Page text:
It also appears that crosstalk is much more of an issue than the changes in
> Good question Chris.
> A paper was written on this exact subject. Author was Thomas J. Buck.
> To summarize: you will see an impedance drop if the signal in question
> enough crossover of the orthogonal signal layer. However
> layer separation plays a part in this. In Buck's paper, he saw *approx*
> 8 ohms
> drop in impedance on a 60 ohm trace crossing about 30 traces/in in the
> orth. layer.
> You might want to build some sample boards of your planned design and
> test them.
> The experience can be very enlightening.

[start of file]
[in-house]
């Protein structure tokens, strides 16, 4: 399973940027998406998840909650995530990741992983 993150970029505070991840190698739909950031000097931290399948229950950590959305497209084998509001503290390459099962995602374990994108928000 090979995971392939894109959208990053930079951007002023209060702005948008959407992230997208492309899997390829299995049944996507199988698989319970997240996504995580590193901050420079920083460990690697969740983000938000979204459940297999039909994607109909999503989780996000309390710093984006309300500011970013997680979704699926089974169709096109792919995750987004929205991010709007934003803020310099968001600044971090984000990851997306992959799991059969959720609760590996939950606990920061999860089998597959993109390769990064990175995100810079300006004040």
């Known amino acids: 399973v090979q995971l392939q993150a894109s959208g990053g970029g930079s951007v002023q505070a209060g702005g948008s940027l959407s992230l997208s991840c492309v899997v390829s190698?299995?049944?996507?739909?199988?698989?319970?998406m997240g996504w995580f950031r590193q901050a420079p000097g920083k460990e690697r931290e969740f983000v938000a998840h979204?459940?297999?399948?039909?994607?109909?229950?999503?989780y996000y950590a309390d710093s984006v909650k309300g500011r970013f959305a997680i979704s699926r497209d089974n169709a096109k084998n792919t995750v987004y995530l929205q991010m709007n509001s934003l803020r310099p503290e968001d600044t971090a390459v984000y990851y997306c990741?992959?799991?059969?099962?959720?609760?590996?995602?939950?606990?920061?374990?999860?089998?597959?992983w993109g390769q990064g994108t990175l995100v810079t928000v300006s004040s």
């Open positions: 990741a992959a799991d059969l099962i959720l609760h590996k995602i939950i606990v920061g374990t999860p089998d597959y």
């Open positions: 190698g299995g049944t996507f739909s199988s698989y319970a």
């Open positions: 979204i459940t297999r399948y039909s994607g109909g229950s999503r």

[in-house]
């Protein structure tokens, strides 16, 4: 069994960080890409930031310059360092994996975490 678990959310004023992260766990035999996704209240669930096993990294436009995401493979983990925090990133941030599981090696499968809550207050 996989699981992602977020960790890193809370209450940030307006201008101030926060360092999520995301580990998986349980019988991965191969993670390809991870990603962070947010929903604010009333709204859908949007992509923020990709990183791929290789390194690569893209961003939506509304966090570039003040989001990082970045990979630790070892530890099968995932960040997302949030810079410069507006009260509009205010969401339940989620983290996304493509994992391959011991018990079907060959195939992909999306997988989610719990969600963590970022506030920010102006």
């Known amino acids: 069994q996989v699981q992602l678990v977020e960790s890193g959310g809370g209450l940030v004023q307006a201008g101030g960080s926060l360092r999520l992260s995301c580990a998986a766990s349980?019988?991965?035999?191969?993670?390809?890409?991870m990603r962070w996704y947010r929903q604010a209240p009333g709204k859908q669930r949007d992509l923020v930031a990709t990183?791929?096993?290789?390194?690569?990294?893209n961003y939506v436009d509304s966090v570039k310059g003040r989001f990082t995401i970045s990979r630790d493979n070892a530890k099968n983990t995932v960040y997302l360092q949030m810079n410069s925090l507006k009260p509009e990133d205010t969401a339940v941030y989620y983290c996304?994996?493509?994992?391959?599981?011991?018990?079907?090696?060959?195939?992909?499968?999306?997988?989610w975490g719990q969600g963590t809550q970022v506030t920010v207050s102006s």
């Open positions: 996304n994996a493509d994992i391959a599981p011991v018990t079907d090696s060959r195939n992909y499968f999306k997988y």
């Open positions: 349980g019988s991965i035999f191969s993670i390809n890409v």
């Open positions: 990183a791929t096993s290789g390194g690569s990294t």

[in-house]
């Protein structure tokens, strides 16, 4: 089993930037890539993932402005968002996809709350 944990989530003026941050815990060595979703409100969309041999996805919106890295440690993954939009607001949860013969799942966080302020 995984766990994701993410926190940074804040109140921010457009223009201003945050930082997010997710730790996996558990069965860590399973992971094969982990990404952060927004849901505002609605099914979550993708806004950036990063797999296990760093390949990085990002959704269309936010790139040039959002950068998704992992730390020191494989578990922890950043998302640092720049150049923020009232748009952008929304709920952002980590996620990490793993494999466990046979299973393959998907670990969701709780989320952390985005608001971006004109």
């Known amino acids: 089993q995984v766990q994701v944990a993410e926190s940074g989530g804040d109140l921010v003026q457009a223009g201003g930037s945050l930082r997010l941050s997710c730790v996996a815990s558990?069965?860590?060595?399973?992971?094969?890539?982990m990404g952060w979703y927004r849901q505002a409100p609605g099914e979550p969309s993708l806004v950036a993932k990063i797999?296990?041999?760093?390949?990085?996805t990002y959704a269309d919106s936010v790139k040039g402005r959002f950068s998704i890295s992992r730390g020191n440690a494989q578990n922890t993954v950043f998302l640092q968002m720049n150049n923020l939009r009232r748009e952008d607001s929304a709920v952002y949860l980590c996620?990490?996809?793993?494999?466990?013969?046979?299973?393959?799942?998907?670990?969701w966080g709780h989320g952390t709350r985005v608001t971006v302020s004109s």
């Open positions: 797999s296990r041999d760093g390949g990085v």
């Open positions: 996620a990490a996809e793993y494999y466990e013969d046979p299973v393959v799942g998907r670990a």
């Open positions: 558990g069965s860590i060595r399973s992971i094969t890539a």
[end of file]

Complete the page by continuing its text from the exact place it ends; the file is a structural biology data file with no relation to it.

> Hope this *helps*.
> Bill Dempsey
> DNA Enterprises, Inc.
> p.s. I can send you a copy of Buck's paper (snail mail) if you send me
> an address.
> Chris Bobek wrote:
> > When you have a PCB stackup that has a signal plane sandwiched between
> > ground planes, you have stripline. Zo at this point is fairly easy to
> > characterize.
> > Now, if you add a second signal layer in between the two ground planes,
> > in the X direction and the other in the Y, you still have stripline
> > (asymetric), but now you have a bunch of traces crossing the path above
> > below) your signal layer. I understand this introduces crosstalk, but
> > does it do to the characteristic impedance of your traces? Is the
> > still controlled? Does it vary widely, or not have much effect at all?
> > I see a lot of stackups with this arrangement, and I wonder how Zo is
> > maintained.
> > Thanks,
> > Chris
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